Mount Pinatubo is an infrequently active stratovolcano in the Cabusilan Mountains on the island of Luzon, near the tripoint of the Philippine provinces of Zambales, Tarlac, and Pampanga.
Before the volcanic activities of 1991, its eruptive history was unknown to most people. It was heavily eroded, inconspicuous and obscured from view. It was covered with dense forest which supporte ...
d a population of several thousand indigenous people, the Aetas, who fled to the mountains during the Spanish conquest of the Philippines.
Mount Pinatubo News
Its been over two years since I wrote the first edition of this Manila travel guide. I decided to write it after hearing more than one foreigner describe Manila as the scariest city theyve ever visited. I dont know where they stayed or what happened that made them say that, but it inspired me to write a travel guide that put traveler safety first. I certainly didnt want anyone visiting my home city and having a negative or even traumatic experience.
Mt. Pinatubo shook the entire world during its massive eruption in 1991. The catastrophe was so enormous that volcanic ashes from the eruption filled the atmosphere affecting even the remotest corners of the Earth. Thousands of people lost their homes and livelihood as the aftermath was even more devastating. That year marked the saddest Christmas for the people living in the provinces surrounding Mt. Pinatubo that forever will they bear the memories of that dreadful day this majestic volcano made its presence felt.
For quite some time, Dennis had been wanting to go to Mt. Pinatubo. When a group of travel blogger friends started making plans for a trip here, we were naturally interested. But after a series of Facebook Messenger conversations, the number of individuals who wanted to come dwindled. In the end, it was just me, Dennis, Potpot of Travel Trilogy, and Marcos of Detourista.
Back in the late 1980s, when travel from Metro Manila to northern Luzon took roughly half a day, Tarlac province used to be known as the "wee wee stop."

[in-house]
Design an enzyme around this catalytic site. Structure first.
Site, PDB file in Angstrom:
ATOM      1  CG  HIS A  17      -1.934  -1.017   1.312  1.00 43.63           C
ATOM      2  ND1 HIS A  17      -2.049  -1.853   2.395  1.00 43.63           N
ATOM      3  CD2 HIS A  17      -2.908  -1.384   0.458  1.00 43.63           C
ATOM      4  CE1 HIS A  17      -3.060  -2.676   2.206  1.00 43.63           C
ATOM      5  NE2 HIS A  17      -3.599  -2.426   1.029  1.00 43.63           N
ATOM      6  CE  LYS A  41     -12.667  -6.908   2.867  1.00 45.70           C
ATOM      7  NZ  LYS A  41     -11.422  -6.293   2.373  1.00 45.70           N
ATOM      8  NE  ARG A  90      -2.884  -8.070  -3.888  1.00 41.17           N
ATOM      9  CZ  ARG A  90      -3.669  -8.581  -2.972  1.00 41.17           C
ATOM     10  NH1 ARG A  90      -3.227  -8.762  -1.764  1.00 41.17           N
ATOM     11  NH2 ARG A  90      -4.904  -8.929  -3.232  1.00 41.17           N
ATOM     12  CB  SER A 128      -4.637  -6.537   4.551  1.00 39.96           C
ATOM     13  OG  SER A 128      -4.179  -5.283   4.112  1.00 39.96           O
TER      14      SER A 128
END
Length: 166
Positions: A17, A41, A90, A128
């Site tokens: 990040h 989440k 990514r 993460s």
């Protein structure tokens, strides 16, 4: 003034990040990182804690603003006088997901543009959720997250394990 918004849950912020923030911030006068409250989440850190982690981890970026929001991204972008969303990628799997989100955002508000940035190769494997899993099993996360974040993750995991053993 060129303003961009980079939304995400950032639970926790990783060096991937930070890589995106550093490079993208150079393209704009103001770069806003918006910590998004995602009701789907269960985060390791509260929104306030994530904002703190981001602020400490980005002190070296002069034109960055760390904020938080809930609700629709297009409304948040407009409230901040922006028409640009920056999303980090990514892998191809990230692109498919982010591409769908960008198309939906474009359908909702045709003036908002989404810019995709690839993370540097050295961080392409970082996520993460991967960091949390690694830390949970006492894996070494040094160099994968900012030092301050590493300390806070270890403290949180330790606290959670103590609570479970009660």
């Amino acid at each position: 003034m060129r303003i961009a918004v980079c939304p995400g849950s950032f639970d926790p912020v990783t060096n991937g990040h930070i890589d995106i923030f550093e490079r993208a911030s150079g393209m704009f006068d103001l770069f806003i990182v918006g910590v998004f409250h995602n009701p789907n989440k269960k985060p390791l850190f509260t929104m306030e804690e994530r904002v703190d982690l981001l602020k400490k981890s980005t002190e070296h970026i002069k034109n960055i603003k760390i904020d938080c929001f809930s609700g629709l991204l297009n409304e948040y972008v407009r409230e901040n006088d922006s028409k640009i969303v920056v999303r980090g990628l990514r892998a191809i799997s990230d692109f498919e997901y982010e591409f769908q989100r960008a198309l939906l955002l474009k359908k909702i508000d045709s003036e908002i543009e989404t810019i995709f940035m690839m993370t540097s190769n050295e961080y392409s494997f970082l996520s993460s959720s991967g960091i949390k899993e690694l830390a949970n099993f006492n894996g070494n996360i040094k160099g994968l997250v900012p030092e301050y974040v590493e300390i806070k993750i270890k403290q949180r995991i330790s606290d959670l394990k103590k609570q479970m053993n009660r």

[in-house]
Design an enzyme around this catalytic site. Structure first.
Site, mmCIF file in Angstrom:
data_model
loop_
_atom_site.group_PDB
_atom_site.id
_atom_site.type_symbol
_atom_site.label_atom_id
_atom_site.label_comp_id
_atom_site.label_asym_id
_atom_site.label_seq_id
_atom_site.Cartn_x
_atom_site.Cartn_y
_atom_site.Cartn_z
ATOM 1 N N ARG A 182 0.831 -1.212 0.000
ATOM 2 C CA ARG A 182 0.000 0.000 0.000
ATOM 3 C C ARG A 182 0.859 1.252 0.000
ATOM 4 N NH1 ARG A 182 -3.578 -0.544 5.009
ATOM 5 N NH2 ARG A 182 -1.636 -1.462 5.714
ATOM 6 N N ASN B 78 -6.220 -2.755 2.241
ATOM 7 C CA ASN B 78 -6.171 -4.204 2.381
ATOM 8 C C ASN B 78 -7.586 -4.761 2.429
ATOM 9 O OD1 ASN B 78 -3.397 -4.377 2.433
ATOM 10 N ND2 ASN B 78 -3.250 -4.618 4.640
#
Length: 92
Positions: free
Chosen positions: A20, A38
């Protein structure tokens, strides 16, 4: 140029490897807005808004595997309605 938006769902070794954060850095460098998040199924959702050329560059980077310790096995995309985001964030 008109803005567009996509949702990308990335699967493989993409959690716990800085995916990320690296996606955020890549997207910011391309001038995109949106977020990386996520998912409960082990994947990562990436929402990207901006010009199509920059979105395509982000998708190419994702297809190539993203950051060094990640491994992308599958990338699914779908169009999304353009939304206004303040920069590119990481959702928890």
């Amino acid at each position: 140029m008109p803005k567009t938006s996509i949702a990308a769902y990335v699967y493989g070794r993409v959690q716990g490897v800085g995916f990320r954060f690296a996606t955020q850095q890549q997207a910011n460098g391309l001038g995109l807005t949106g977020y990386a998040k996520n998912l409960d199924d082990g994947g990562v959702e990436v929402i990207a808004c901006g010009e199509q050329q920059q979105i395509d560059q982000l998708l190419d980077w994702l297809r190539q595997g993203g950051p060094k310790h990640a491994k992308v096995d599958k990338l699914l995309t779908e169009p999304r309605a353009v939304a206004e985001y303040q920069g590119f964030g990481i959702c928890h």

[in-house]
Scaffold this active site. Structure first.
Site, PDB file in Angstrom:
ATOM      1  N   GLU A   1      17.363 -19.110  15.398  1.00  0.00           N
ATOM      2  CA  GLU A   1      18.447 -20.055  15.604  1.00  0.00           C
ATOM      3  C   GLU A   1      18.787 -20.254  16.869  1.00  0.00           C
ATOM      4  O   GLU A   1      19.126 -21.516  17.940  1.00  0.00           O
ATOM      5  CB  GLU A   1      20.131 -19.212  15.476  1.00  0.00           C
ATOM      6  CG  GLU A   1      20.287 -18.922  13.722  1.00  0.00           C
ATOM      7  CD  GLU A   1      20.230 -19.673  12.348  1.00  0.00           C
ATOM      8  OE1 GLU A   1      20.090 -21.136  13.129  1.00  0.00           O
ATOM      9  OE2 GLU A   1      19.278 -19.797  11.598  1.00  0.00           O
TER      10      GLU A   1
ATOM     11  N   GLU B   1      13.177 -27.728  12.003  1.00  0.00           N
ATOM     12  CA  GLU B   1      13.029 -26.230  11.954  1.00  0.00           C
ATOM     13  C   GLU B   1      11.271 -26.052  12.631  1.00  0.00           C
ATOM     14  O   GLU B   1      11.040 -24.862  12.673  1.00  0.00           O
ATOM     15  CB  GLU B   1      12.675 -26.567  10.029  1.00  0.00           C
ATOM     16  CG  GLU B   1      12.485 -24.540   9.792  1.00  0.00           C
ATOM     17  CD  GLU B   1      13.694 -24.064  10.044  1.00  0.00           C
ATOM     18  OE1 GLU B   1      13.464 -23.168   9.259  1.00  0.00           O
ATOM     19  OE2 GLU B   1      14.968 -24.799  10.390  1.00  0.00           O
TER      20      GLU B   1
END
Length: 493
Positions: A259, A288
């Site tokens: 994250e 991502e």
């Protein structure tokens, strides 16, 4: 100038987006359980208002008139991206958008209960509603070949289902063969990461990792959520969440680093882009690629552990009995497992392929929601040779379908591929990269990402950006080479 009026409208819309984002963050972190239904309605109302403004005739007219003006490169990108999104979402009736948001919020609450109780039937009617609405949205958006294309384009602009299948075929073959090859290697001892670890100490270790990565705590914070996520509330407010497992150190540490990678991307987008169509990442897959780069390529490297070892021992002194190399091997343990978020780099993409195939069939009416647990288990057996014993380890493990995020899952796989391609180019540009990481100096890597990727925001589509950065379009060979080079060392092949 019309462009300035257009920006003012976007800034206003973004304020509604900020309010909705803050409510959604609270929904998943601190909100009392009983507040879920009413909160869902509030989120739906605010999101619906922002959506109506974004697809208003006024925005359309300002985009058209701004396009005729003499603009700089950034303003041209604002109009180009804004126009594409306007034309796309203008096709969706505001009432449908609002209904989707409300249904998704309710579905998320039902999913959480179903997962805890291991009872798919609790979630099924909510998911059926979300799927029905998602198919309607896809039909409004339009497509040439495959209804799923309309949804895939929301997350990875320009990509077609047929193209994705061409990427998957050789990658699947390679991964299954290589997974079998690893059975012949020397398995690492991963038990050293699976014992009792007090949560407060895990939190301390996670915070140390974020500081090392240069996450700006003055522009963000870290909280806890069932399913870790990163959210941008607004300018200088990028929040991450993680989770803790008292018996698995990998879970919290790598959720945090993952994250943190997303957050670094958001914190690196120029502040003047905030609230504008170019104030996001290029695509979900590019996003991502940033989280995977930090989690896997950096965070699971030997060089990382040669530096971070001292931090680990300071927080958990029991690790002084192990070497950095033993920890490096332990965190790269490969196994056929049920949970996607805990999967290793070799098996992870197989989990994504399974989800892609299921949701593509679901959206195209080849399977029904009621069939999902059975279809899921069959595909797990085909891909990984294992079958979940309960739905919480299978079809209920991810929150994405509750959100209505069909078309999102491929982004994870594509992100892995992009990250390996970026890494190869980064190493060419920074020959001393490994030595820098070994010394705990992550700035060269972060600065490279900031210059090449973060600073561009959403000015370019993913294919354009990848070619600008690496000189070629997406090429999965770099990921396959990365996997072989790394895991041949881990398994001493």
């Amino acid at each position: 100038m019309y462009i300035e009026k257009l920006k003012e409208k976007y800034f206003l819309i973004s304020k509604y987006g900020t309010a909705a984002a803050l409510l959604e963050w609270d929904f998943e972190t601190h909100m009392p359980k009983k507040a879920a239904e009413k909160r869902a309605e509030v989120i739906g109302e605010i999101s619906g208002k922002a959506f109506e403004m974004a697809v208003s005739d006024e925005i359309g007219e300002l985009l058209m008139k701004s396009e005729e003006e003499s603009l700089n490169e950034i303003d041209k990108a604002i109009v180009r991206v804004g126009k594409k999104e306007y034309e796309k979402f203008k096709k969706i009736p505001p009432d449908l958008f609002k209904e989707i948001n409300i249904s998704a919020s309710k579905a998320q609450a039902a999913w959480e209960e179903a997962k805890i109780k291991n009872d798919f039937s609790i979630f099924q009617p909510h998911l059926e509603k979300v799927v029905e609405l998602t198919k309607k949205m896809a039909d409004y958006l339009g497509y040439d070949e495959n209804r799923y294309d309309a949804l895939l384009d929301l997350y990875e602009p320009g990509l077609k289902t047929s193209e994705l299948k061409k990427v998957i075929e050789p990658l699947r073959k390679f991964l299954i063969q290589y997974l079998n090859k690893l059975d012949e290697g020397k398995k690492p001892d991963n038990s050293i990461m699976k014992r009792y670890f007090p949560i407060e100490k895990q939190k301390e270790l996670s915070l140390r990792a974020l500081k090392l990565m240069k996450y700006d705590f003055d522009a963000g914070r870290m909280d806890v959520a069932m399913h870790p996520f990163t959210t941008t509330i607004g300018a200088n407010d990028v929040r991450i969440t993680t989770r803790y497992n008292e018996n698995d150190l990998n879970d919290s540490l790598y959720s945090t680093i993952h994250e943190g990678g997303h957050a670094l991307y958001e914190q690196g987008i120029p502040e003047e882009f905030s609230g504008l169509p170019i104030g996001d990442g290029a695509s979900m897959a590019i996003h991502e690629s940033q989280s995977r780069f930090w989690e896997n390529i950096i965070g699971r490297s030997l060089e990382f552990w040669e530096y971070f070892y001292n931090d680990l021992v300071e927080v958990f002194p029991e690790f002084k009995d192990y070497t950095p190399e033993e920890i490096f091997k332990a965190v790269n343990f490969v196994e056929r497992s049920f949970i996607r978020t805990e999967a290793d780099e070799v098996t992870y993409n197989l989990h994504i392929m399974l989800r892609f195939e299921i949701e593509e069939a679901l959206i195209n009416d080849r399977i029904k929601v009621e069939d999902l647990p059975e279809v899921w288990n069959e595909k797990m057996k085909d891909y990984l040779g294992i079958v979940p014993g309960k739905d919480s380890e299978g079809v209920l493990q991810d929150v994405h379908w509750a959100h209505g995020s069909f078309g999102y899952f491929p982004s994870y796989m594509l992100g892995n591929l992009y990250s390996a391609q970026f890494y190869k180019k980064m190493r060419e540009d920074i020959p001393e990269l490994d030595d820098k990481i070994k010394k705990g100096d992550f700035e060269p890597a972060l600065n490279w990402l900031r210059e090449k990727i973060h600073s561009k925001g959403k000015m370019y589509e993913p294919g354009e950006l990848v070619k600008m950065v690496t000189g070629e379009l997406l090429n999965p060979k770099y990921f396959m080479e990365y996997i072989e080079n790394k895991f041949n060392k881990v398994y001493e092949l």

Motorists would take a break in this city midway between Manila and Baguio City, dropping by a gas station with air-conditioned restrooms to relieve themselves.
Bus passengers would race to the terminal toilets or in restaurants where buses make a brief stop.
"We have erased that reputation. Whenever that comes up, we tell people that in Tarlac, youll feel the urge to make a short stop because of the delicious food and beauty of the p ...
I was relieved that someone from our group was willing to drive to all the way to Capas, Tarlac (about a 2.5 hour drive from Manila) early in the morning, instead of renting a van, to save money (I'll get into that later).
Norman King suffered through poverty, discrimination, and calamities to get to where he is: the first ever Aeta to graduate from the University of the Philippines Manila.
Last June, Norman climbed the prestigious university's stage wearing a lubay (bahag) to thunderous applause.
But a documentary on GMA Public Affairs' Tunay na Buhay showed that the journey getting there did not start on the first day of school several years ago. Having an education was something Norman struggled for his whole life.
Norman was born in 1988 at the foot of Mount Pinatubo, merely three years before the d ...